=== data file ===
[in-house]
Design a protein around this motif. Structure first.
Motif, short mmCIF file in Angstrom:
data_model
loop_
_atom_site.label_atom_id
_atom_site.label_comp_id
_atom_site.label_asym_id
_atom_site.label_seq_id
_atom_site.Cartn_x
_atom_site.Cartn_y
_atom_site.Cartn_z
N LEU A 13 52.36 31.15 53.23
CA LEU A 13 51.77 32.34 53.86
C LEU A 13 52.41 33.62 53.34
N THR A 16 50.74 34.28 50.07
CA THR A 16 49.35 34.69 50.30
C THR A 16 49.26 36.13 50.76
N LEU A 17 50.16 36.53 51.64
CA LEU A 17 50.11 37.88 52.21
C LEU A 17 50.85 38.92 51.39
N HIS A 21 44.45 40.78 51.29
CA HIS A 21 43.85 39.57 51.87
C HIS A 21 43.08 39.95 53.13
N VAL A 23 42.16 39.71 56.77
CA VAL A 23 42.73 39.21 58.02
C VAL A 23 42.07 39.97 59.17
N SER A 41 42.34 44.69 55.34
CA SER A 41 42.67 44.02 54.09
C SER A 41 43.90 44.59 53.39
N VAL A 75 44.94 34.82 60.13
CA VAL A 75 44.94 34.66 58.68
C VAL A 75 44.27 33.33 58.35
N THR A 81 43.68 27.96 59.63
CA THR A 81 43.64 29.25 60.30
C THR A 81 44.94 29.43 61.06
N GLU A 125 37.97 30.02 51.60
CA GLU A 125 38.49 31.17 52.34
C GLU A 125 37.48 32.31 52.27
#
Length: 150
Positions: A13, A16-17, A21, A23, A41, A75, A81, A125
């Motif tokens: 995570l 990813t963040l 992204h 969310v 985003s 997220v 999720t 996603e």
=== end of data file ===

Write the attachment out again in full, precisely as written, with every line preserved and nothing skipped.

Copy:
[in-house]
Design a protein around this motif. Structure first.
Motif, short mmCIF file in Angstrom:
data_model
loop_
_atom_site.label_atom_id
_atom_site.label_comp_id
_atom_site.label_asym_id
_atom_site.label_seq_id
_atom_site.Cartn_x
_atom_site.Cartn_y
_atom_site.Cartn_z
N LEU A 13 52.36 31.15 53.23
CA LEU A 13 51.77 32.34 53.86
C LEU A 13 52.41 33.62 53.34
N THR A 16 50.74 34.28 50.07
CA THR A 16 49.35 34.69 50.30
C THR A 16 49.26 36.13 50.76
N LEU A 17 50.16 36.53 51.64
CA LEU A 17 50.11 37.88 52.21
C LEU A 17 50.85 38.92 51.39
N HIS A 21 44.45 40.78 51.29
CA HIS A 21 43.85 39.57 51.87
C HIS A 21 43.08 39.95 53.13
N VAL A 23 42.16 39.71 56.77
CA VAL A 23 42.73 39.21 58.02
C VAL A 23 42.07 39.97 59.17
N SER A 41 42.34 44.69 55.34
CA SER A 41 42.67 44.02 54.09
C SER A 41 43.90 44.59 53.39
N VAL A 75 44.94 34.82 60.13
CA VAL A 75 44.94 34.66 58.68
C VAL A 75 44.27 33.33 58.35
N THR A 81 43.68 27.96 59.63
CA THR A 81 43.64 29.25 60.30
C THR A 81 44.94 29.43 61.06
N GLU A 125 37.97 30.02 51.60
CA GLU A 125 38.49 31.17 52.34
C GLU A 125 37.48 32.31 52.27
#
Length: 150
Positions: A13, A16-17, A21, A23, A41, A75, A81, A125
């Motif tokens: 995570l 990813t963040l 992204h 969310v 985003s 997220v 999720t 996603e």